We started working on our campsite early this summer. We chose a wooded area up behind our spring, so we would have shade and privacy, but also easy access to the water.
We got to work clearing the area using rakes, loppers, shovels, a mattock, an axe, and a gas-powered string trimmer. Our dad also brought his chainsaw to remove trees and larger bushes. We cleared an area large enough for two large tents, a storage tent, and an eating/living area.
We cut smaller trees into short lengths to create a border for our tent. Our dad used his chainsaw for this project, and he used the opportunity to give Bonnie-Jean some lessons. She did great!
The log border was tricky to install but turned out great.
The last step for our tent pads was filling the areas with wood chips. We planned to purchase chips, but after figuring up the cost for purchase and delivery, we decided to purchase a Brush Master 5 in. chipper/shredder from Home Depot. We got a great deal, and so far we love it. We created our chips from all the brush we had previously cleared from the area. We also chipped up some old cedar we found around our property to help deter bugs. The whole process took a couple of days, but it felt great getting rid of all our brush piles.
We also did prep for camp sanitation: toilet, shower, and laundry area. We have our camp toilet set back from the rest of the campsite. We used a pallet as a base and built a frame. Inside, we built a pallet wood toilet box. It works with 5-gallon buckets, which makes waste removal and disposal easy. It’s quite the upgrade from the plastic seat and bucket system that we used to have from Walmart. We sewed three shower curtains together and used shower curtain loops to make an enclosure.
We made a shower out of an old Canyon hula hoop and shower curtains. We hung a solar shower inside with a pulley. It worked, but our shower curtains didn’t hold up to washing as often as they needed, so they already have to be replaced. For laundry, we built a clothes line on the other side of the creek in the sunshine. We purchased some large plastic tubs from Menards (not pictured) for washing laundry in.
Prepping our campsite was a quite a process, especially considering the 45-minute drive from our apartments. But we packed a lot of lunches, and since we try to avoid gluten most of the time (due to dietary concerns for certain family members), we had to get more creative than sandwiches. Kabobs were always a favorite choice — usually with precooked meatballs, pineapple, onion, bell pepper, and a glaze made from natural apricot spread and coconut aminos.
We eventually decided to move our firepit to the other side of the spring.
We planned to start camping full-time in August, but we got Covid instead. A month later, we finally pitched our tents, just in time for fall.
We use our big tent for sleeping. Our blue tent is for storage — food, dishes, extra linens, and other supplies.
We love our 11′ x 20′ Ozark Trail tent. We got a great deal on ours this summer at Walmart.
We were using one picnic table for dishes, drinks, and cooking. Since this picture was taken, we bought a plastic table for the dish pans and drinking water, which we put a short distance away from the eating area. The table inside the screen is for eating and card playing.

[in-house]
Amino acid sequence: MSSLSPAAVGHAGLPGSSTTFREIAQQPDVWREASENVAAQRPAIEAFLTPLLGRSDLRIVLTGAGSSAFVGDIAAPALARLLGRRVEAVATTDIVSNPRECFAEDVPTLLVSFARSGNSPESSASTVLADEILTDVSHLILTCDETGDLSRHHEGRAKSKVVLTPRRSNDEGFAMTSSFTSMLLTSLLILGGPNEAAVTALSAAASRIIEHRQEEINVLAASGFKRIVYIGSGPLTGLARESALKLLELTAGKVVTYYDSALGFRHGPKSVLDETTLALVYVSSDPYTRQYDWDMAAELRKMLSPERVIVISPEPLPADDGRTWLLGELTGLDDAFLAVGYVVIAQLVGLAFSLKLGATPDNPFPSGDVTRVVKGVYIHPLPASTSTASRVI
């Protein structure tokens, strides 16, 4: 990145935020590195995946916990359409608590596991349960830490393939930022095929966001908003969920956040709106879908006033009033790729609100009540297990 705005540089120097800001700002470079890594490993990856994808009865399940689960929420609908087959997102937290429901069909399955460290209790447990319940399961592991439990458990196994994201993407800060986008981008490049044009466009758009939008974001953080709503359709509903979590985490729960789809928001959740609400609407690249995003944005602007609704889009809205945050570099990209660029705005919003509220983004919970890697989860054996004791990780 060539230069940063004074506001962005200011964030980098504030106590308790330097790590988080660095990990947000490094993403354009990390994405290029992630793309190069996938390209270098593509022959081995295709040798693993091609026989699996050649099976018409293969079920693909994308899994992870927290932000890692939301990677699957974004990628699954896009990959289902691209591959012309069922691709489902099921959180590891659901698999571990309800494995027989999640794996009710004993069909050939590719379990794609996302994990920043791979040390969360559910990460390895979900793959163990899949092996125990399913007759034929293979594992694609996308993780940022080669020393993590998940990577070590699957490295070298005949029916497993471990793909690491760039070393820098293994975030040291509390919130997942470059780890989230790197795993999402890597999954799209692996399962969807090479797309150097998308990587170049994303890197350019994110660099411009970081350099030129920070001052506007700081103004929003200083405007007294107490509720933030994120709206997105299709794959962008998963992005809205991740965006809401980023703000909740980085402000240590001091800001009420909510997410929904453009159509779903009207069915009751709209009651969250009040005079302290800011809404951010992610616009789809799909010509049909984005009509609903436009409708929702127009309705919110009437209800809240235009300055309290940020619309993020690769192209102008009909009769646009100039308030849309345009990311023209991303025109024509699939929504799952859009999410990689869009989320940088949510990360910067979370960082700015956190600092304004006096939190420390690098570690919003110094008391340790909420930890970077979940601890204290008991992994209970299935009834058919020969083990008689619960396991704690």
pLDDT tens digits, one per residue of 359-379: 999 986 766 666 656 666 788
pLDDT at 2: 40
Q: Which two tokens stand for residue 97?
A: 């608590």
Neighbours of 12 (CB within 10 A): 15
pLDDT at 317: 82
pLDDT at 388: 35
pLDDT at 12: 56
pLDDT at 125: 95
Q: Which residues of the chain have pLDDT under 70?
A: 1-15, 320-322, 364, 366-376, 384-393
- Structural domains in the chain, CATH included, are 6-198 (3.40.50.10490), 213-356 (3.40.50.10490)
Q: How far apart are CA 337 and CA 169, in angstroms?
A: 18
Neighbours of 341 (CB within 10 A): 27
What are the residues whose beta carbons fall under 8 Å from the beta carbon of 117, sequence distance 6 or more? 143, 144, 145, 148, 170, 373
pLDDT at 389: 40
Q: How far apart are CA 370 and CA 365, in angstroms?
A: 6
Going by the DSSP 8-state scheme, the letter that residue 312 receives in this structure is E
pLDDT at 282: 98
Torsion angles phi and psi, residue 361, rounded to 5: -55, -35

Of course, we had to unpack some of our fall décor. Family members have other tents around our little compound, giving it a downright festive feel.
Keeping clean is one of the most difficult things about camping. We are so thankful for our spring!
We love our clothes line system. There are four lines, which gives plenty of room for all our clothing and linens. We hang our SeaSense hand bilge on the end. We use the pump to get water from our spring for washing clothes, dishes, and for showering. It is a ton of work — I think we will all have stronger arms after this experience! We should have running water from our well in the next couple weeks, and that will feel like a luxury! It’s been good for us though — we have realized how spoiled we were.
One of my favorite things about our campsite is all the trees. There is plenty of room for all of our hammocks. I hadn’t used mine since moving a couple years ago, so unpacking it was a real treat.
Camping this fall has been quite the experience. It has been strangely dry for Missouri, which has made the campsite very dusty. For those of us who are clean freaks, the dust has been a not-so-small trial. Our solar showers work well some days, but there have been several evenings with cold showers. The flies and mosquitos have threatened to drive us crazy. While September is usually a warm month in Missouri, we had some down-right cold nights that sent us back to town to get warmer gear. And doing everything the old-fashioned way has made for some long workdays that stretched into the night, with us falling into bed exhausted at the end. Stress and emotions have been high at times.
Still, the benefit of camping has far outweighed the hardship. We are living our dream debt-free. We are greeted each morning by fresh air and sunshine, and we eat breakfast next to a campfire. The exercise has been invigorating. The sunny weather has meant we got to work on our foundation every day, which was such a blessing. Plus, we are saving thousands each month on rent and utilities.
Camping also provides an extra level of festivity for life’s simple pleasures. We enjoyed visiting friends, card games, marshmallow roasts, and plenty of laughter around the campfire — all rendered almost magical beneath a sky full of stars and trees threaded with string lights. We have dreamed of doing what we are doing for so many years, even now it is difficult to believe it is actually happening. And as someone who has spent many a summer week camping, I can say that autumn is definitely the best time to camp in the Ozarks!